A stapedectomy diary: part two

2015-07-09 Tongue in cheek
Hearing dog Elmo enjoying some well-earned time off

Do you remember, back in January, Deb writing a guest post for us, about her stapedectomy operation?  If you missed it you can read it here.  Deb promised us an update on her progress since then and here she is…….

“Well, here I am back again finally, a little longer than the few weeks promised, to conclude my stapedectomy journey. Somehow a whole five months have rushed past. How did that happen?

When I finished my last piece I was 6 weeks post-op and about to start my new job. So what’s happened and how am I feeling now? The last question is very simple to answer – great! And with much improved hearing – though it hasn’t been all plain sailing.

My biggest challenge was lasting over 10 weeks from operation to follow-up appointment with only one hearing aid while my right ear recovered. It doesn’t normally take that long and the delay was due to logistics rather than any medical reason, waiting for an available slot with my consultant. During my recovery, social situations became much more challenging and it struck me just how much I depend on my hearing aids. With one missing, I had to, well endure is really the only way to put it, what would have been a delightful 50th birthday party of a very good friend in a restaurant, the Christmas lunch of my Nordic Walking group – there were over 50 of us at a local golf club, Christmas Day lunch in a local pub and two drinks parties at friends’ houses. Thankfully the second one didn’t have music! And I admit to creeping outside and freezing to find a bit of peace and quiet on several occasions. I found people I met for the first time in these situations somehow always ended up on my “wrong” side, no matter how many times I explained I couldn’t hear a peep in my right ear. More accurately, I could hear them, I just couldn’t decipher what they were saying and after just an hour or so became exhausted with the effort of concentration.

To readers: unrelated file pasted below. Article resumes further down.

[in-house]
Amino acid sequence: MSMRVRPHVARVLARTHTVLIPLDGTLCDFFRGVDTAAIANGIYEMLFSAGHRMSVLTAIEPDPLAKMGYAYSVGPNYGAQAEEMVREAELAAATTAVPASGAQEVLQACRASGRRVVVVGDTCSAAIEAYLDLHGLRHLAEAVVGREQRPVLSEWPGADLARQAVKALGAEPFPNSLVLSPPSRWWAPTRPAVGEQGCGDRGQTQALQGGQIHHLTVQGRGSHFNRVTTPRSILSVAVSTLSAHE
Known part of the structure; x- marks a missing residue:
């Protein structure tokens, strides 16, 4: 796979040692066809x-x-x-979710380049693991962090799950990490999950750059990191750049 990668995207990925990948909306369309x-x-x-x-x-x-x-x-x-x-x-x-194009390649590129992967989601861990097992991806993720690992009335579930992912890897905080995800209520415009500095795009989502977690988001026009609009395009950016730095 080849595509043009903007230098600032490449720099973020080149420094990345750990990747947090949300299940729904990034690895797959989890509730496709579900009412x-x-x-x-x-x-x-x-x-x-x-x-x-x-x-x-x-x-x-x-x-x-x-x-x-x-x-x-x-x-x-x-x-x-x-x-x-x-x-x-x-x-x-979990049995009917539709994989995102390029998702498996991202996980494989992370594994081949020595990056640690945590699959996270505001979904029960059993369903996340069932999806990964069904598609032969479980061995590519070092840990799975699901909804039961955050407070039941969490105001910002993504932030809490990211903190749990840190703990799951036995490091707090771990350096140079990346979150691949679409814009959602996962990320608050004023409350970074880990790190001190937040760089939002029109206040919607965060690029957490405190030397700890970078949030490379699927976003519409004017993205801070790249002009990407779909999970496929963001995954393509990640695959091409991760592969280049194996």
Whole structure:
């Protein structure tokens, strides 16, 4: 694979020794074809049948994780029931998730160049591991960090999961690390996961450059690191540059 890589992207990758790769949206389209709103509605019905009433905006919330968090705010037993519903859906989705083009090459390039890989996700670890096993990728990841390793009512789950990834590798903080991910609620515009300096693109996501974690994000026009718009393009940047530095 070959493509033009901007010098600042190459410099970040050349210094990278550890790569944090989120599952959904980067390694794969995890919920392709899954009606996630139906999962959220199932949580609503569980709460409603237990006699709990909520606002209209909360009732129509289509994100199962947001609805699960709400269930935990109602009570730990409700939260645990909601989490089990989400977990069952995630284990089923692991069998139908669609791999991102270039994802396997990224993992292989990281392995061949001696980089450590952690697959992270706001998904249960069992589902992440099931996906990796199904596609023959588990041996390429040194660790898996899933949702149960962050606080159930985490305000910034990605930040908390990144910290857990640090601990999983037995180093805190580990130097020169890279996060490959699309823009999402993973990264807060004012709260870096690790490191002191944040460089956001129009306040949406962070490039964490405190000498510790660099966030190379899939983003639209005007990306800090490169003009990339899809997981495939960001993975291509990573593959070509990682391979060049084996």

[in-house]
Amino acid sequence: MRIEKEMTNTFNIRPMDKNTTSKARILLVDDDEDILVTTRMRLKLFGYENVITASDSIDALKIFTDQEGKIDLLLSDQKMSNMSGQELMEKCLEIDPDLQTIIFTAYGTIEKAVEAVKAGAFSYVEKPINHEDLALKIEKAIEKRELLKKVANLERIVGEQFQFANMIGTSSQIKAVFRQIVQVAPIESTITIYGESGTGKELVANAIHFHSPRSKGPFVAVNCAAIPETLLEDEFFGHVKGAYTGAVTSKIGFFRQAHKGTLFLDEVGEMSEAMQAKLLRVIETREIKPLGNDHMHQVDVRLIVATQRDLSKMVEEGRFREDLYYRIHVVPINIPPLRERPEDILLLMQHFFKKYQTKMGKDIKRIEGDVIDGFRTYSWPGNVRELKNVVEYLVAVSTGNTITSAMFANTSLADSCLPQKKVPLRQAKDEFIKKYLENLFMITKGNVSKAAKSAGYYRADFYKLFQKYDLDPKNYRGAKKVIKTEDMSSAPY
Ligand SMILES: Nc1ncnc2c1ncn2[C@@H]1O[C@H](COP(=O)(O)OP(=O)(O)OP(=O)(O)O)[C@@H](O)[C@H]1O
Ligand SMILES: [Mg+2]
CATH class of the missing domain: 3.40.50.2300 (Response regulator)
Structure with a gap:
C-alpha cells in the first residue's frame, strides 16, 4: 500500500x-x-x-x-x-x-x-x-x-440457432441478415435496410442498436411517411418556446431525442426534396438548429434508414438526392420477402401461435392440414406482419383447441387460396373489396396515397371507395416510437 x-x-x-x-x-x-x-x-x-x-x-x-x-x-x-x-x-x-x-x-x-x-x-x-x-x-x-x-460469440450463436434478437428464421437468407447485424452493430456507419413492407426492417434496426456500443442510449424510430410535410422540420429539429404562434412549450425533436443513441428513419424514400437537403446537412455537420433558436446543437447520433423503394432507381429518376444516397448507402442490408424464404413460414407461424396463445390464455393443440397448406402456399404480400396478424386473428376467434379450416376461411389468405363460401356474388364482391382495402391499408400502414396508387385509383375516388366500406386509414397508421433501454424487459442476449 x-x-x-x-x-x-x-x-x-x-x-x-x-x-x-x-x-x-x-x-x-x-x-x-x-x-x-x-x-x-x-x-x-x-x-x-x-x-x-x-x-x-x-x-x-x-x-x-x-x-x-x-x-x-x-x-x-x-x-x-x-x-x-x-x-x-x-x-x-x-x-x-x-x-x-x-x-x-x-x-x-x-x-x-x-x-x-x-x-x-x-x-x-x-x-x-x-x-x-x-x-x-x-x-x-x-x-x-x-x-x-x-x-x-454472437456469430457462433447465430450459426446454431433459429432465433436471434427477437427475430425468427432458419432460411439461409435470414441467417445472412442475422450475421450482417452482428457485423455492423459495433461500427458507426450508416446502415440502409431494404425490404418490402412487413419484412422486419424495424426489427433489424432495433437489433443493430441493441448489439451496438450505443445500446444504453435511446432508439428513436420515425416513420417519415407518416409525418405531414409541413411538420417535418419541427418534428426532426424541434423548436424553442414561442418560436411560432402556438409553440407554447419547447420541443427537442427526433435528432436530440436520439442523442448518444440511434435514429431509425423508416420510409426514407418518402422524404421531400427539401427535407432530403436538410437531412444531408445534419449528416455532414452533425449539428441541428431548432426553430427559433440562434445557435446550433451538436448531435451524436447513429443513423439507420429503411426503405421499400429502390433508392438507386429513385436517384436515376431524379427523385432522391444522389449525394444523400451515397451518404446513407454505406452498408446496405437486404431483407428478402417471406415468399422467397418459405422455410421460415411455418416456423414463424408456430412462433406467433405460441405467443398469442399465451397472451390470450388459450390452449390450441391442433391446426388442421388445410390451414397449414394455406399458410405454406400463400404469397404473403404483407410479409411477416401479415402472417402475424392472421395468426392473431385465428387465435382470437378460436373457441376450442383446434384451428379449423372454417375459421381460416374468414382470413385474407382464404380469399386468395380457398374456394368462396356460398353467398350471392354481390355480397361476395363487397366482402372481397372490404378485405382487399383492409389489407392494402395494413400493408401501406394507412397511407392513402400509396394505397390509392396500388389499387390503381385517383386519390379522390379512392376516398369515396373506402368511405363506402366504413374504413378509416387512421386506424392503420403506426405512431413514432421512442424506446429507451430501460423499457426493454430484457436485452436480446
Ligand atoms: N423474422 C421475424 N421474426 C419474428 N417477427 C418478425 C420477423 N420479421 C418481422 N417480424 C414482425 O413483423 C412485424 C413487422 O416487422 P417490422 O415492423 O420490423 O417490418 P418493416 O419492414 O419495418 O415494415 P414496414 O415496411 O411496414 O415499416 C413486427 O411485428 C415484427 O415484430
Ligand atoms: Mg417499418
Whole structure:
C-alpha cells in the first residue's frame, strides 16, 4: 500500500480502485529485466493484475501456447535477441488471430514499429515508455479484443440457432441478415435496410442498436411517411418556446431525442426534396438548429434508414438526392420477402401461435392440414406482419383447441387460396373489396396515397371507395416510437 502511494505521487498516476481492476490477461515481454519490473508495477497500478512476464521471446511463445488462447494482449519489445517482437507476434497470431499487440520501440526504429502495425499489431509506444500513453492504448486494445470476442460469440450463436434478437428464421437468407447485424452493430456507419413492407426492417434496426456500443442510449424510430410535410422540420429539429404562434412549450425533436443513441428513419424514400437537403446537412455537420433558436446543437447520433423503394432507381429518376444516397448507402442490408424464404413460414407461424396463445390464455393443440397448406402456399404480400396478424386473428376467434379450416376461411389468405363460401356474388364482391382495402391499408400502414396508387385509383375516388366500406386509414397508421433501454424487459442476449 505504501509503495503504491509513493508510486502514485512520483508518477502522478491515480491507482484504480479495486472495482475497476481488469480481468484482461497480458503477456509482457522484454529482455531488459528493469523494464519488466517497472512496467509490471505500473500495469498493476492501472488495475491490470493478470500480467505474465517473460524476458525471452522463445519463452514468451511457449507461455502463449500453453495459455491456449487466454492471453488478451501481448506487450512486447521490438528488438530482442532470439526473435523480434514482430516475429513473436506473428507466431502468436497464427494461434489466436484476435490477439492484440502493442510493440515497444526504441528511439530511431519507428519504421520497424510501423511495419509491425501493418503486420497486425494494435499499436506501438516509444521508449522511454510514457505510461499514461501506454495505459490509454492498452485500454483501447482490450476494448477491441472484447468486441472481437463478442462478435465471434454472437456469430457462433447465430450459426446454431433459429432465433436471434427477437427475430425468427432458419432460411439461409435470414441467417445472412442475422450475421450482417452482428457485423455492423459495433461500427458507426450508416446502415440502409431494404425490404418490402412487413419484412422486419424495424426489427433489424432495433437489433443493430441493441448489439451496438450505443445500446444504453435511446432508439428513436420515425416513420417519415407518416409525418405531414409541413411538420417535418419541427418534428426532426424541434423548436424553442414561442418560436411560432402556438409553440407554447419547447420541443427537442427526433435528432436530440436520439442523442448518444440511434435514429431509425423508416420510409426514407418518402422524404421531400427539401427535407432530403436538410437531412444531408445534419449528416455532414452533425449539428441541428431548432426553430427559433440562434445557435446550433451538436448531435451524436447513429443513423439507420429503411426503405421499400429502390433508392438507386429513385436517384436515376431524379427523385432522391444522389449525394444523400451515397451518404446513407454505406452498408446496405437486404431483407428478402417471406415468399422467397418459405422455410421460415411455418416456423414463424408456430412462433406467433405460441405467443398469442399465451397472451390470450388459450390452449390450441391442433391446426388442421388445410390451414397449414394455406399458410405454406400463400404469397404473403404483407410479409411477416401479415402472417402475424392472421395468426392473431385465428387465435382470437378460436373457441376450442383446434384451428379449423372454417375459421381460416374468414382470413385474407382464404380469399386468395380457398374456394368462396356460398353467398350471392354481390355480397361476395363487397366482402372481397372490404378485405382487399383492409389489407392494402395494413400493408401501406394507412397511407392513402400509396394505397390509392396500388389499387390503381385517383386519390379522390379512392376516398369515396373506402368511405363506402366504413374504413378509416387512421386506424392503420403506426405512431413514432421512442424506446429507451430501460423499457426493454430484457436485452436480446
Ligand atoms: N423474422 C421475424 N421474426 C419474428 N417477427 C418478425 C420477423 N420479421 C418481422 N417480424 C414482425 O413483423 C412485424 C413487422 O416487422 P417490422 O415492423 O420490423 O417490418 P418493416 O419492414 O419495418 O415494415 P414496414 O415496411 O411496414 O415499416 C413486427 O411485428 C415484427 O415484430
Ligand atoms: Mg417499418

The wait for the consultant appointment also meant that for the first four weeks in my new job I was operating well below par, with only half my normal 75% hearing from my usual two aids. This was utterly exhausting and I would fall asleep as soon as I got home. Happily the longed-for appointment finally arrived and I received the glad tidings the op had been successful and the “after” hearing test confirmed my hearing had improved by about half – yeehah!

Right ear audiogram before and after
Before and After

This meant of course I would need a new, less powerful aid for my right ear. My delight at the hearing test results was quickly quashed on learning it would be a further 6 weeks before the first Audiology appointment was available.  How long??!!! That would total 16 weeks/4 months of low-grade hearing.  I was devastated, almost in tears. I wasn’t sure how much longer I could keep struggling with my new job. Besides meeting scores of new people, as you do in most new jobs, and trying to understand what they were saying, my job as a project manager is, ironically, all about communicating and this was proving almost impossible. I even tried, unwisely, to see if my old aid could be used. Bad move – it nearly blew my head off in the quiet of my bedroom! Looking on the bright side, at least the consultant said I could finally blow my nose, sneeze and stand under the shower without cling film wrapped round my ear.

So the best I could hope for was a cancellation that fortunately came through a week later, with just an hour and a half’s notice. I’ve never rearranged so many meetings nor covered the hour’s journey so fast in my life! And the audiologist replaced not just my right aid but my left one too. The right one is substantially less powerful than the one it replaced. My hearing has improved across all frequencies from between minus 80 and minus 110db to minus 50db and minus 90db. Without doubt it was more than worthwhile undertaking the op, and I didn’t need the hearing test results to know that!

Some side effects do remain, some 5 months after the op, including the temporary loss of taste on the right side of my mouth and occasional dizziness, particularly when lying in bed. The taste buds continue their glacial re-awakening and bouts of dizziness while upright are now rare.

Abseil This Will Be Me!

Those of you who have been following carefully will doubtless be waiting to hear (sorry!) me commit to my rash promise to dangle off a rope 100* metres off the ground on Portsmouth’s Spinnaker Tower in aid of Hearing Dogs for Deaf People. So here it is. If you would like to support my brave if bonkers endeavour, you can sponsor me here  https://www.justgiving.com/fundraising/debfullbrookabseilspinnaker

*For the eagle-eyed amongst you I did previously say 170m. No the tower hasn’t shrunk but thankfully I don’t have to do the spiky bit at the top! Elmo and Keith have sensibly opted to support me from ground level on D(angle) Day. So if you are in Portsmouth on August 26th, pop along for some once-in-a-lifetime entertainment – ‘cos I’m not doing it again!!


One thought on “A stapedectomy diary: part two

  1. Thanks so much for this update Deb. It’s wonderful to hear that things have worked out so well. And I notice you have sponsorship for the tower abseil from Jon Snow! Best wishes for the day. I wish I could be there to cheer you on (as long as I could just stand on the ground and watch…..).😀😀

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